December 17, 2010

“Culturomics”
Can culture be decoded like a genome? A team from Harvard has teamed up with Google to crack the spines of 5,195,769 digitized books that span five centuries of the printed word with the hopes of giving the humanities a more quantitative research tool. The Google Books Ngram Viewer, launched online and described in a paper in Science, allows Web users to query their respective areas of interest based on n-grams (a method of modeling sequences in natural language). (Katherine Harmon, Scientific American)

Authors of the Controversial Arsenic Paper Respond to Critics
The controversy over findings that suggest life can grow using arsenic entered a new phase: The researchers behind the radical claim issued a statement responding to their critics—and said the comments and responses generated by their experiments would be reviewed and published in a future issue of the journal Science. (Alan Boyle, Cosmic Log, msnbc.com)

A Fearless Woman
Meet SM, a 44-year-old woman who literally knows no fear. She’s not afraid to handle snakes. She’s not afraid of The Blair Witch Project, The Shining, or Arachnophobia. When she visited a haunted house, it was a monster who was afraid of her. SM isn’t some cold-blooded psychopath or a hero with a tight rein on her emotions. She’s an ordinary mother of three with a specific psychological impairment, the result of a very rare genetic disease that damaged a brain structure called the amygdala. (Malcolm Ritter, Associated Press)

Learning More About the Carbon in Comets
Comets may contain much less carbon than thought, which could rewrite what role they might have played in delivering the ingredients of life to Earth, a new study suggests. (Charles Choi, Space.com)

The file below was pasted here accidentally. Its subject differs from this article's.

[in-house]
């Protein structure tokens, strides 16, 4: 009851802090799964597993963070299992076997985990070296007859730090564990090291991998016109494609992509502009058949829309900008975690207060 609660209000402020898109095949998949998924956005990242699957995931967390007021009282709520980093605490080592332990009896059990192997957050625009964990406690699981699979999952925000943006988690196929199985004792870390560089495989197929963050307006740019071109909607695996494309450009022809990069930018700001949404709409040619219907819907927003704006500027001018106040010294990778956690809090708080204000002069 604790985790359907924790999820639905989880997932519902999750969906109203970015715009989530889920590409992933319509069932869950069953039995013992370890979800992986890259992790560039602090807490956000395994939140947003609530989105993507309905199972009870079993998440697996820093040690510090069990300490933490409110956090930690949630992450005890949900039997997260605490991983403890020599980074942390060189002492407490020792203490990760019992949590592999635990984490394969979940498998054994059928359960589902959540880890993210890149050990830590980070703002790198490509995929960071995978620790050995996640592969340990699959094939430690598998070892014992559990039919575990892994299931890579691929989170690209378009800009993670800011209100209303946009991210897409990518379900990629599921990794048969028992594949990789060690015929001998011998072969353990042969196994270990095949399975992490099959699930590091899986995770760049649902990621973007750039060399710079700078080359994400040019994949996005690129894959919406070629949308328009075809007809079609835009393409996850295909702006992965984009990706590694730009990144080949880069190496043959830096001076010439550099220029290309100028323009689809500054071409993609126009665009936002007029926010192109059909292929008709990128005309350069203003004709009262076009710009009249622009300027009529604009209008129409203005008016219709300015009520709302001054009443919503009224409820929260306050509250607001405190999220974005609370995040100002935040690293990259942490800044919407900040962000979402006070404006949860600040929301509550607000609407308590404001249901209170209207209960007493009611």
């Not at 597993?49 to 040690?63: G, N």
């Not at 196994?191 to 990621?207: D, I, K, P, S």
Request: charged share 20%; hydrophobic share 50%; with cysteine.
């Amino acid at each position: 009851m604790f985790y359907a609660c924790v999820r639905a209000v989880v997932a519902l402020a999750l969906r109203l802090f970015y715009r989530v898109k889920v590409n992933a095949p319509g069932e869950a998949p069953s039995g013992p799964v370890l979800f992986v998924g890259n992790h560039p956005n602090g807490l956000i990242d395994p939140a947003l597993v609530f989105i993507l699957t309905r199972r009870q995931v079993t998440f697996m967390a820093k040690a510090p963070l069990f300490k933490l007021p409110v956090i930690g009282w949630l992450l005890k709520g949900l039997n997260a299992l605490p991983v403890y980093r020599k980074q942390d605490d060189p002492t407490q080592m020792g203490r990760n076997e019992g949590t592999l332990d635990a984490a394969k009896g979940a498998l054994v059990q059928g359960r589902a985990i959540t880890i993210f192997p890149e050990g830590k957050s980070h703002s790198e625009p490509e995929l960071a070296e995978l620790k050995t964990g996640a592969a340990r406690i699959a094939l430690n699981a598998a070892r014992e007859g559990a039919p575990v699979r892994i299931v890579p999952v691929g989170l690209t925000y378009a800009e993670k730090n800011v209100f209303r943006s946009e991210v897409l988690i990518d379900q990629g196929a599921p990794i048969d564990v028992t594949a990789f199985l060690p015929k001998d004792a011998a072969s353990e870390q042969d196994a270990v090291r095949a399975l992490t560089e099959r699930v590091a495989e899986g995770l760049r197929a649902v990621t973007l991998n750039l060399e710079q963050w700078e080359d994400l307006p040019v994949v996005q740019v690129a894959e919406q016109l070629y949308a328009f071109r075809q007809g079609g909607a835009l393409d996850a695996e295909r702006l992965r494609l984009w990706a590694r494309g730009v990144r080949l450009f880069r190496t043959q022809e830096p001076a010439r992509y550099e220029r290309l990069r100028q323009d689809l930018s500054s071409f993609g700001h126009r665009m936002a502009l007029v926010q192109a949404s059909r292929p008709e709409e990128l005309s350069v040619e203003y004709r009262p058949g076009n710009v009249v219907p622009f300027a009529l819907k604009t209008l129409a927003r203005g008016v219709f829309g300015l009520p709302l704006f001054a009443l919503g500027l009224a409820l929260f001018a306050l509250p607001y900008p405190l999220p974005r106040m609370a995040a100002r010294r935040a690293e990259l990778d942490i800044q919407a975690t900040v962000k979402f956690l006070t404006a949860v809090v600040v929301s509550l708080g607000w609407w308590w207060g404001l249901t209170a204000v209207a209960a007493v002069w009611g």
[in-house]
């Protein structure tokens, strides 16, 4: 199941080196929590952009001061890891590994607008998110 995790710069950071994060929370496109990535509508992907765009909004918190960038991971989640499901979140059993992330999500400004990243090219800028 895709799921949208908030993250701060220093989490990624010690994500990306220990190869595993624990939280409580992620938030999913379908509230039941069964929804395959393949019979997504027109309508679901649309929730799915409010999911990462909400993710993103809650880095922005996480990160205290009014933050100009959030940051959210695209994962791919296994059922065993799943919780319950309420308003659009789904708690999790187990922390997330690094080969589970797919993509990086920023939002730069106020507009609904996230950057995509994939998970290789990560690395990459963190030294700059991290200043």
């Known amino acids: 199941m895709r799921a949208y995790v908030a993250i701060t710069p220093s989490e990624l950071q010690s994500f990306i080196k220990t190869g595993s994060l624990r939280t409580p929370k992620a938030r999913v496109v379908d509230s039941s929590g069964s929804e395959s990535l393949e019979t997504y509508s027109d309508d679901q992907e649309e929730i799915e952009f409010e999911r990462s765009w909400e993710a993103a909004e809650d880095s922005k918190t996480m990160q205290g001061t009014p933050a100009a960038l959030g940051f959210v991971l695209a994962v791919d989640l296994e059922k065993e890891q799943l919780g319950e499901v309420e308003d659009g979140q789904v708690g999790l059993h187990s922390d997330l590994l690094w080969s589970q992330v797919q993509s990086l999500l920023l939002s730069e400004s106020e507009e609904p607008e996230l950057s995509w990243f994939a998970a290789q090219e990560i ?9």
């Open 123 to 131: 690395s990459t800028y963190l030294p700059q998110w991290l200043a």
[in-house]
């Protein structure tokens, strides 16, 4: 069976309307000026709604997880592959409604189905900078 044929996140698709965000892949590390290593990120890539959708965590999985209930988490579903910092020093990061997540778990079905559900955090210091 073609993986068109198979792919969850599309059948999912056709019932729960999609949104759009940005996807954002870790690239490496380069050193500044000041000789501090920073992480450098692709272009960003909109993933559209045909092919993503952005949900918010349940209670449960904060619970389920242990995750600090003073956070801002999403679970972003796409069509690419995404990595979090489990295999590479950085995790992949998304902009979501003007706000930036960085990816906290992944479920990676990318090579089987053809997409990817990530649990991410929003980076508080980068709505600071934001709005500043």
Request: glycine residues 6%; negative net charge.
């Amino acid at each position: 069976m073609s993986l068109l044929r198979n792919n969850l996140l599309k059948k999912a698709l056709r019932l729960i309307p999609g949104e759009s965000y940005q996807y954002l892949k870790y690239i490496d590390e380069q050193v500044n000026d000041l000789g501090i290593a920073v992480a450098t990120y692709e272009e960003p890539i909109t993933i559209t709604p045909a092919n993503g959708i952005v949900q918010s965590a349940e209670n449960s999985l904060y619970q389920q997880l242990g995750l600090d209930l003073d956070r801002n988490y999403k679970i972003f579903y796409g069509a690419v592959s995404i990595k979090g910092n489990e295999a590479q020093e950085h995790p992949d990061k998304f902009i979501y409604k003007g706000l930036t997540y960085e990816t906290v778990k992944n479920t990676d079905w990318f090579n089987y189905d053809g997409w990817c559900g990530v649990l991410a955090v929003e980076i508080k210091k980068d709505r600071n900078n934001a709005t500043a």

Boosting Your Creativity
Just want to have fun? Two pieces of recent research suggest that getting in a good mood helps you perform better at certain tasks and be more creative. (Elizabeth Landau, CNN)

Ancient Statuary Found in Egypt
Archaeologists found what may be a trove of 3,400-year-old statues on the west bank of the ancient temple city Luxor, said the head of Egypt’s antiquities department. Teams unearthed two rose granite statue fragments from an area west of the burial temple of Pharaoh Amenhotep III, said Zahi Hawass. One fragment, the first of its kind, he said, depicts the baboon head of the god Hapi with a human body. The other is a fragment of a statue of the body of Amenhotep III. (Associated Press)

Q&A
Dan Levitin

A former record producer, Dan Levitin has had Sting wired up in his lab to see what happens to his brain when he hears different types of music and worked with a host of musical luminaries to try to figure out why music plays such a big part in our brains and, by extension, our lives. (Doug Sweet, McGill Reporter)

Category: Field Notes

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